Electric Vehicles (EVs) use is increasing. In May 2021, 3,100 EVs and 9,300 hybrid cars were registered in Dubai alone and the UAE wants 42,000 EVs on its roads by 2030. Dubai’s commitment to electric cars has gained momentum through the recent opening of a EV manufacturing facility in Dubai Industrial City with manufacturing capacity of 10,000 cars annually and the government agencies having converted 20% of automobile fleet to EVs. 3% of car sales in Saudi Arabia were for hybrid and EVs in 2020, and the government has stated that by 2030, 30% of cars in Riyadh will be electric.

However, adoption of EVs alone will not decarbonise the region’s transport infrastructure. They take the same space as petrol and diesel cars and must be able to cope with the region’s high summer temperatures when car users are reliant on battery-draining air conditioning to cool their vehicles. To meaningfully decarbonise transport, charging points must be expanded and powered by renewable energy sources. This again, proves the critical link between energy and transportation.

Aviation

Around the Gulf, airports are being built, expanded or upgraded to attract more passengers or freight business. Dubai remains the busiest international airport in the world, having successfully built a world-leading aviation hub and air fleet in the past decade.

In 2019, it had more than 85m passengers through the airport and handled around 2.5m tonnes of freight. These major aviation hubs add pressure to government Net Zero strategies, as aviation levels return to pre-pandemic levels. For instance, Dubai’s 2021 passenger numbers were 29m, although freight was in line with previous years, at 2.3m tonnes. For 2022, Dubai estimates it will have 55m people travel through its airport.

Due to the complexity of the aviation sector, it will likely decarbonise later than other transport modes. Regulatory and policy frameworks at global and regional levels need to be established to drive the development of sustainable aviation fuels (including hydrogen), and this will require collaboration across the whole sector.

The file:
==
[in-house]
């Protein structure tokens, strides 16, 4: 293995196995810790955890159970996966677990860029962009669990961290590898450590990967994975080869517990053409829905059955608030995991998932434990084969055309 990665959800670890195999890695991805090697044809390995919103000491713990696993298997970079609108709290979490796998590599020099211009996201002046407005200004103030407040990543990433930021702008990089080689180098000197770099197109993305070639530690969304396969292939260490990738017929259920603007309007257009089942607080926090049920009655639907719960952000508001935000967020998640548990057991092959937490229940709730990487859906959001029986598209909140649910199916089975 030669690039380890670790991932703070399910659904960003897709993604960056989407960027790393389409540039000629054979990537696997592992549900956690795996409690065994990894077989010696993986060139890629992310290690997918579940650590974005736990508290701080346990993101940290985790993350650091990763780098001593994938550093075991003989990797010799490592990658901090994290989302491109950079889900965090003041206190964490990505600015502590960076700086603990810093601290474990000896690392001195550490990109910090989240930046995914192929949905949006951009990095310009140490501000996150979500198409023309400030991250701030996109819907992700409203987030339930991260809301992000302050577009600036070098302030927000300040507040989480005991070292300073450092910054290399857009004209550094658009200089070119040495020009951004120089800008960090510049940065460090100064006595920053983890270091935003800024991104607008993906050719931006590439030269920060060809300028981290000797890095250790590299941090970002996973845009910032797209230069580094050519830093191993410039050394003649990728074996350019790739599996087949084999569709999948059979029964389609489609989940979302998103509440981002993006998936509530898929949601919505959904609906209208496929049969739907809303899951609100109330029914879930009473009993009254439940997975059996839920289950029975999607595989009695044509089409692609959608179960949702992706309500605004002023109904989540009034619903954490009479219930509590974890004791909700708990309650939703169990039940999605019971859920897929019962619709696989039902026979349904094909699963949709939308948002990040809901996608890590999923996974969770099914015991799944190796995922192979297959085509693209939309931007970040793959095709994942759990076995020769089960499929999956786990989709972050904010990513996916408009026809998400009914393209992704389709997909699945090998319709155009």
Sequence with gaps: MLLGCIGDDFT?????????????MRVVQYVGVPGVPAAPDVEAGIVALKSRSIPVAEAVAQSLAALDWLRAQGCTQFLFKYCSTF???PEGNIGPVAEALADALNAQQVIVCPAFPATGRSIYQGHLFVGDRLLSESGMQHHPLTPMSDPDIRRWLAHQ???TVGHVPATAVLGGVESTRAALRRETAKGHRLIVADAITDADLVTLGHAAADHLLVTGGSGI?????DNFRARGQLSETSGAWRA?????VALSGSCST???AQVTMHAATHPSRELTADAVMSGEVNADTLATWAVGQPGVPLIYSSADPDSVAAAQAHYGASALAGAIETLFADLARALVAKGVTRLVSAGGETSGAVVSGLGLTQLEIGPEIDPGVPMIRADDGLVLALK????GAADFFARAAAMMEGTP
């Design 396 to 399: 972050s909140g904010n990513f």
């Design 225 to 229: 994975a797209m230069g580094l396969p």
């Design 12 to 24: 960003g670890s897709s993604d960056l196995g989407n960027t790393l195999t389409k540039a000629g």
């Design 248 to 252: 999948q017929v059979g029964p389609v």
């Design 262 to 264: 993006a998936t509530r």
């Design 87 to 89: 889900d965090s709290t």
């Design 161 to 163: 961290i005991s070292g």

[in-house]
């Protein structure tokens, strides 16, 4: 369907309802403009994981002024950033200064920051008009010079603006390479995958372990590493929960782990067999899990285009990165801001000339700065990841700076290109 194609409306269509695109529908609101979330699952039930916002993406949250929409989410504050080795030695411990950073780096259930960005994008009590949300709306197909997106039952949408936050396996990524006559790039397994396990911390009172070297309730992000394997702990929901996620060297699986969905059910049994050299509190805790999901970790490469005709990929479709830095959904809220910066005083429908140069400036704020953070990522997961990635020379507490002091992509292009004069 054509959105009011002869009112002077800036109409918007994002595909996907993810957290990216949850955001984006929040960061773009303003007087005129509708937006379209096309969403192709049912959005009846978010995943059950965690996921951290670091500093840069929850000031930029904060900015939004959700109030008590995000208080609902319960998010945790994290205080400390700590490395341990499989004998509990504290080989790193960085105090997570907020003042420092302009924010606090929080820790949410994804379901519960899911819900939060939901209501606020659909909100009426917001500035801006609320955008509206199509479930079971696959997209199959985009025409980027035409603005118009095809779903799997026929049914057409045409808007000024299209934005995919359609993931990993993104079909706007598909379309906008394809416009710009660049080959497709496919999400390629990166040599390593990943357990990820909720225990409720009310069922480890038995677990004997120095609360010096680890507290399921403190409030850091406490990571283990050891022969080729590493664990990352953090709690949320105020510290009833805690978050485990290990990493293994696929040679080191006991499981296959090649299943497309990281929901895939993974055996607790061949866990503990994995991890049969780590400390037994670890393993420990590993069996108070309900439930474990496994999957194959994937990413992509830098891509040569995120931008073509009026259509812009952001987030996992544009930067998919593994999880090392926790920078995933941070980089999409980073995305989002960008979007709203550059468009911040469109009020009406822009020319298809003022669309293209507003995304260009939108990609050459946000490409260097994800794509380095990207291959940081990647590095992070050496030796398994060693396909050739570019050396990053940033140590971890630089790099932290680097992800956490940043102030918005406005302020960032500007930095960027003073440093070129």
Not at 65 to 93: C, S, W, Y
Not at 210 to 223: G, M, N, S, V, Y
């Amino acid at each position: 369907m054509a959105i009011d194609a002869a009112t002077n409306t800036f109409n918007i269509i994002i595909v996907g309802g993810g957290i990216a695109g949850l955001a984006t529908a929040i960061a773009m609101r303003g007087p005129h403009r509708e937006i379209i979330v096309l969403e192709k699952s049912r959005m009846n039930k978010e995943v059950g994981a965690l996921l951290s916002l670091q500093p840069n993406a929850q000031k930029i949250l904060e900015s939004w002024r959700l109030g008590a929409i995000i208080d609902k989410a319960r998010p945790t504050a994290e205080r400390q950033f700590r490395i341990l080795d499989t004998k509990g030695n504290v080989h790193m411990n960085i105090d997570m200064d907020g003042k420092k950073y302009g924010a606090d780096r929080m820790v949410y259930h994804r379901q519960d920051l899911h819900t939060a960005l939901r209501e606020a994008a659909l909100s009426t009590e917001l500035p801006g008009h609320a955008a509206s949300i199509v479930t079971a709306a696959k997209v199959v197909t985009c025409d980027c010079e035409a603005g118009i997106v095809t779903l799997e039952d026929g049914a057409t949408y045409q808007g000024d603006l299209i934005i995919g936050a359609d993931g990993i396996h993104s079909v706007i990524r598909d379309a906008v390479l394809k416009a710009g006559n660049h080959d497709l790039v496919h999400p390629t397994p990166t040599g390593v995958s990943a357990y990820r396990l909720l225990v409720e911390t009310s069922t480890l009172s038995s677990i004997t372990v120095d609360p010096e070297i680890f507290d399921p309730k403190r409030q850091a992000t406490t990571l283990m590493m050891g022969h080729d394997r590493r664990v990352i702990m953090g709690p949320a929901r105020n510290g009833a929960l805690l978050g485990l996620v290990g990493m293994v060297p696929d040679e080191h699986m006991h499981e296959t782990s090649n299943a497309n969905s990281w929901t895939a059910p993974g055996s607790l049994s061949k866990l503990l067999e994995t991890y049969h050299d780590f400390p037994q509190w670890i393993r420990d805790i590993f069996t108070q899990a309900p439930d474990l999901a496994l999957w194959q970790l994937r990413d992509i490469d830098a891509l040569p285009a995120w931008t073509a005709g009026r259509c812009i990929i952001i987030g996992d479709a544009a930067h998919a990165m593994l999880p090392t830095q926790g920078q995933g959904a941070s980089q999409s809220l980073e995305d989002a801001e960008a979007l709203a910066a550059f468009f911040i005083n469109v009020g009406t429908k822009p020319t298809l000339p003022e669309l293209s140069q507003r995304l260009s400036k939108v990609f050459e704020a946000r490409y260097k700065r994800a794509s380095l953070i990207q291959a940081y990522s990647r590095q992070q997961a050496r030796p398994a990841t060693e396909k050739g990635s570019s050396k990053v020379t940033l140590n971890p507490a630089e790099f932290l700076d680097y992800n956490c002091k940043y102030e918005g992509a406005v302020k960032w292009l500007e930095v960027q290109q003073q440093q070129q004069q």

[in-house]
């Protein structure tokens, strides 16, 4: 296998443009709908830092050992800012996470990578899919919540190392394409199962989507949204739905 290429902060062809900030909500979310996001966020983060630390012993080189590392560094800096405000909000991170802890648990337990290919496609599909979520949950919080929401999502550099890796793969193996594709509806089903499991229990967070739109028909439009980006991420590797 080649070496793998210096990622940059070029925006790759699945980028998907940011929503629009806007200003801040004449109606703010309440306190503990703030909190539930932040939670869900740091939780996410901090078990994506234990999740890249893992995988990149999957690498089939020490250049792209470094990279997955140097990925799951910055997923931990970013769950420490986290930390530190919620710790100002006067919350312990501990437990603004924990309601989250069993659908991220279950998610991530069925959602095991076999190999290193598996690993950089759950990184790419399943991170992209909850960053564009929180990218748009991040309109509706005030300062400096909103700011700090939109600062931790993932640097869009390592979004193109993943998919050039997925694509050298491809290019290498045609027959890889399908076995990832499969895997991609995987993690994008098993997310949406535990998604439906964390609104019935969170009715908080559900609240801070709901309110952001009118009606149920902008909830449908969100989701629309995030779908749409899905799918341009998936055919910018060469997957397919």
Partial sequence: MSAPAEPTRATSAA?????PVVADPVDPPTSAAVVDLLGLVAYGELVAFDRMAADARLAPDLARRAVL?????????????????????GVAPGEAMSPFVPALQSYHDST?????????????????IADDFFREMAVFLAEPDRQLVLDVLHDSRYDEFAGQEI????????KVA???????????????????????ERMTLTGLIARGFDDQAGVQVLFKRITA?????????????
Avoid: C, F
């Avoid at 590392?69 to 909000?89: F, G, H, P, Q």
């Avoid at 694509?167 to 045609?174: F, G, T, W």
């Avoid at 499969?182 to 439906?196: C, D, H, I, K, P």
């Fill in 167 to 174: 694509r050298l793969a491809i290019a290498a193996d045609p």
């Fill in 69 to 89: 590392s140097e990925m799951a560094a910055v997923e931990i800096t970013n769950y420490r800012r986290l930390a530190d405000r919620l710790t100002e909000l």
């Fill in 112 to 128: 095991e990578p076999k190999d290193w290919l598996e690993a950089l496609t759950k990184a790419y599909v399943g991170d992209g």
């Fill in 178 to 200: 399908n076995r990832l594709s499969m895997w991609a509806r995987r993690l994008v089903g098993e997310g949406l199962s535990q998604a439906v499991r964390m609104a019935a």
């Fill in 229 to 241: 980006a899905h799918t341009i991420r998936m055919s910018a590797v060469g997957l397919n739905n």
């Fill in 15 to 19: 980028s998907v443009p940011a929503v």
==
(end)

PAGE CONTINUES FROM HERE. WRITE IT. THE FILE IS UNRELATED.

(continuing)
Key to minimising the carbon footprint for airports is to focus firstly on greater energy efficiency within buildings, followed by usage of low carbon/Net Zero energy. Through smart building technologies, airport operators can manage demand and optimise technical infrastructure to drive savings in energy usage. Decarbonising airport vehicle fleets, as well as making staff commuting and passenger access trips more sustainable, are other areas to be tackled.

In conclusion, changing long-held behavior towards land-based mobility will be challenging, and require a combination of awareness and policies. An appropriate future approach that can be taken is that of Avoid, Shift and Improve, which offers a useful way forward for key public agencies and private sector stakeholders to integrate planning and action across the value chain.

The first two options focus on behavioral change – getting people to think differently about how they travel or access transport services. A broader perspective is required that ensures the long-term planning of a functional, integrated transport strategy, including balancing supply-based approaches with the management of demand, as well as user attitudes and behavior.

Read more:



Leave a comment